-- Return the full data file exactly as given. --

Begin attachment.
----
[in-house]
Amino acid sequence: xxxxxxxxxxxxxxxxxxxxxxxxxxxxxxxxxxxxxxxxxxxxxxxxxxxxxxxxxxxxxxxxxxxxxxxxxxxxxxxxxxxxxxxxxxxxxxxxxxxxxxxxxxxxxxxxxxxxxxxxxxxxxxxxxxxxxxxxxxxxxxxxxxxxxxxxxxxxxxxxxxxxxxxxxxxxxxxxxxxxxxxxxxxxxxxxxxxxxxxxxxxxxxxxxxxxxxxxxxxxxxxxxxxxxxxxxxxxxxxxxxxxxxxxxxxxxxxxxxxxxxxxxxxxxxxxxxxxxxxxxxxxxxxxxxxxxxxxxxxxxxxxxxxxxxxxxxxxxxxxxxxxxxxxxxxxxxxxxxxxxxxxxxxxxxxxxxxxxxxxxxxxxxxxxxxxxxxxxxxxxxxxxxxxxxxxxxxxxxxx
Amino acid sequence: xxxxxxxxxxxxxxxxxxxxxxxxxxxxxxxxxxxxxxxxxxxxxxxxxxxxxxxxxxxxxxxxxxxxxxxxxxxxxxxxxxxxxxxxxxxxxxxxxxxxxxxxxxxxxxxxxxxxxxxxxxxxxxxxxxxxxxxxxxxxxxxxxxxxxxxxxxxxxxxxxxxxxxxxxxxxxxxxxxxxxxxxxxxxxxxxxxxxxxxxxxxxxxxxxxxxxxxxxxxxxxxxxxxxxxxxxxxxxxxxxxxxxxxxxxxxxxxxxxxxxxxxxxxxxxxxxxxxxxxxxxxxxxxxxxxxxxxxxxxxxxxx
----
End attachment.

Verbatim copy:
[in-house]
Amino acid sequence: xxxxxxxxxxxxxxxxxxxxxxxxxxxxxxxxxxxxxxxxxxxxxxxxxxxxxxxxxxxxxxxxxxxxxxxxxxxxxxxxxxxxxxxxxxxxxxxxxxxxxxxxxxxxxxxxxxxxxxxxxxxxxxxxxxxxxxxxxxxxxxxxxxxxxxxxxxxxxxxxxxxxxxxxxxxxxxxxxxxxxxxxxxxxxxxxxxxxxxxxxxxxxxxxxxxxxxxxxxxxxxxxxxxxxxxxxxxxxxxxxxxxxxxxxxxxxxxxxxxxxxxxxxxxxxxxxxxxxxxxxxxxxxxxxxxxxxxxxxxxxxxxxxxxxxxxxxxxxxxxxxxxxxxxxxxxxxxxxxxxxxxxxxxxxxxxxxxxxxxxxxxxxxxxxxxxxxxxxxxxxxxxxxxxxxxxxxxxxxxx
Amino acid sequence: xxxxxxxxxxxxxxxxxxxxxxxxxxxxxxxxxxxxxxxxxxxxxxxxxxxxxxxxxxxxxxxxxxxxxxxxxxxxxxxxxxxxxxxxxxxxxxxxxxxxxxxxxxxxxxxxxxxxxxxxxxxxxxxxxxxxxxxxxxxxxxxxxxxxxxxxxxxxxxxxxxxxxxxxxxxxxxxxxxxxxxxxxxxxxxxxxxxxxxxxxxxxxxxxxxxxxxxxxxxxxxxxxxxxxxxxxxxxxxxxxxxxxxxxxxxxxxxxxxxxxxxxxxxxxxxxxxxxxxxxxxxxxxxxxxxxxxxxxxxxxxxx